If we’re talking bitcoin that isn’t true. There isn’t a single (legitimate) business attached to bitcoin that wouldn’t have made more money just buying or mining the stuff. Few if any are reporting profits, and the ones that are are treading water, as in completely borderline. (exchanges don’t count, they’re hedged against bitcoin, and they’re making money on arbitrage, not a direct service.)
also, it’s a bubble, not a ponzi. Mining eth is legitimate business people mining for a ponzi (or unregulated security depending on who you ask), but the mining itself isn’t a ponzi
so long as your under i believe 500 a year then you dont have to report it as a taxable income
I just want to get the numbers straight here.
- You bought your rig for $2000.
- You spend $130/month on electricity.
- This month you earned $260 worth of eth.
- You expect you could resell your miner for $1500 right now.
- Difficulty of mining eth is going up. You said you earned $260 this month, how much do you expect to earn next month as a percentage of that?
- How fast do you expect the resell value of your miner to degrade? Give me an estimated loss in value per month.
- What’s your methodology for spending your eth?
Yes. Until such time as you actually do sell them. Up till then, they’re either expenses that you account for in your finances, or they’re just gambling.
Yes. Note I earned between $30 and $50 of other currencies in tandem. It was split between Decred and SiaCoin.
$230-$240 for Eth alone, with $30-$40 on alternate currencies (Decred for now). So totaling $260-$280 instead of $290-$310.
It’s not a flat scale so saying “$X per month” isn’t logical. On average between now and 1 year from now, I’d estimate the average $ lost would be $50 assuming 12 months from now it is then worth $900 instead of $1500. The dollar amount the equipment depreciates at is related to what goes on in the mining world. If GPU mining dies again, I lose more than expected, and if it doesn’t, I don’t.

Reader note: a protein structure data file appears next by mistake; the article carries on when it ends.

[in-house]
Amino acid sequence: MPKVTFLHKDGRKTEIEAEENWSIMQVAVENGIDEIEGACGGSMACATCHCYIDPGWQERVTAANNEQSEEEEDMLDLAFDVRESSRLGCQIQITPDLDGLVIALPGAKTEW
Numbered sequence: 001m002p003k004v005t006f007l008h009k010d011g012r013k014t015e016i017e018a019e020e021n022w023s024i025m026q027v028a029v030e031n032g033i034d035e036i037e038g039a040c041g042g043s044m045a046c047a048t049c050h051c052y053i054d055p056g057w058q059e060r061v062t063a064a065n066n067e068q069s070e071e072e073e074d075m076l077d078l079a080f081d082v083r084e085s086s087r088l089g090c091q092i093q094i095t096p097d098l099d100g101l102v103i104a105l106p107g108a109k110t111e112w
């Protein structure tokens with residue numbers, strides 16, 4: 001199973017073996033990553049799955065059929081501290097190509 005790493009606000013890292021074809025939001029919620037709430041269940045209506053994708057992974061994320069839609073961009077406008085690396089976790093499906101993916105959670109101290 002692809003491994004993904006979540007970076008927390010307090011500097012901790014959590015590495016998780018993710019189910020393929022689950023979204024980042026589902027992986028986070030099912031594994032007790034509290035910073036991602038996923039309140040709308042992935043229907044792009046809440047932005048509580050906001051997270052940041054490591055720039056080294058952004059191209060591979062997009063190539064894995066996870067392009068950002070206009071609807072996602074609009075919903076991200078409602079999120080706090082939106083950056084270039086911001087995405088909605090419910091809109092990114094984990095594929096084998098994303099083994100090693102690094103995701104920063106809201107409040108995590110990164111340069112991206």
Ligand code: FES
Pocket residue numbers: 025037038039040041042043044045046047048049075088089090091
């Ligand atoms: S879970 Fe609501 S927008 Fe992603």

I feel that estimate is liberal. Meaning I think it won’t be $900 but higher than that (less than $1500 though) in 12 months.
- use local wallet for mining
- transfer to Poloniex
- trade for BTC
- hold until BTC starts to drop and trade for USD at that point
I understand that thought process for a business, but I’m 100% certain I will sell them in the future and I’m 100% certain someone will buy them in the future. The amount is the questionable bit.
So not accounting for it is not something that makes sense for an individual mining when those things are true.
how much do you expect to get in USD per eth?
he’s holding, so it’s be whatever the market price is.
use coinmarketcap.com if you want to be lazy and not have to manually average exchanges.
You’re right, let me just go set all my laptops to mine Morano real quick
The USD when I mine it has been about $260 ($200*1.3), but like tkoham mentioned, I’m holding for now.
None of my profits are profits until I withdraw them from Poloniex. I’m going to basically keep all my profits there as coins until I find an ideal exit from BTC (I trade all ETH to BTC as soon as I get it).
So, I mean, I’m not exactly “just holding”, but I’m not taking the profits out to spend them on stuff either. They’re still invested.
If I mine 1 Ethereum now and it is worth $200, but I don’t sell it until it is somehow worth $400, my actual revenue from my time mining that 1 coin is $400 and not $200. So it just makes sense to me to hold as long as I don’t need the profits right now. That has the potential to maximize (or cripple) my profits.
it’s not business vs. individual. it’s having a realistic view of finances vs. not (which businesses can do a bad job of also, btw).
You’re right that they can, but I think it’s just as realistic that I will sell my hardware at some point in the future for a notable amount of money.
Ignoring that to decide if I’m profitable or not doesn’t make sense to me.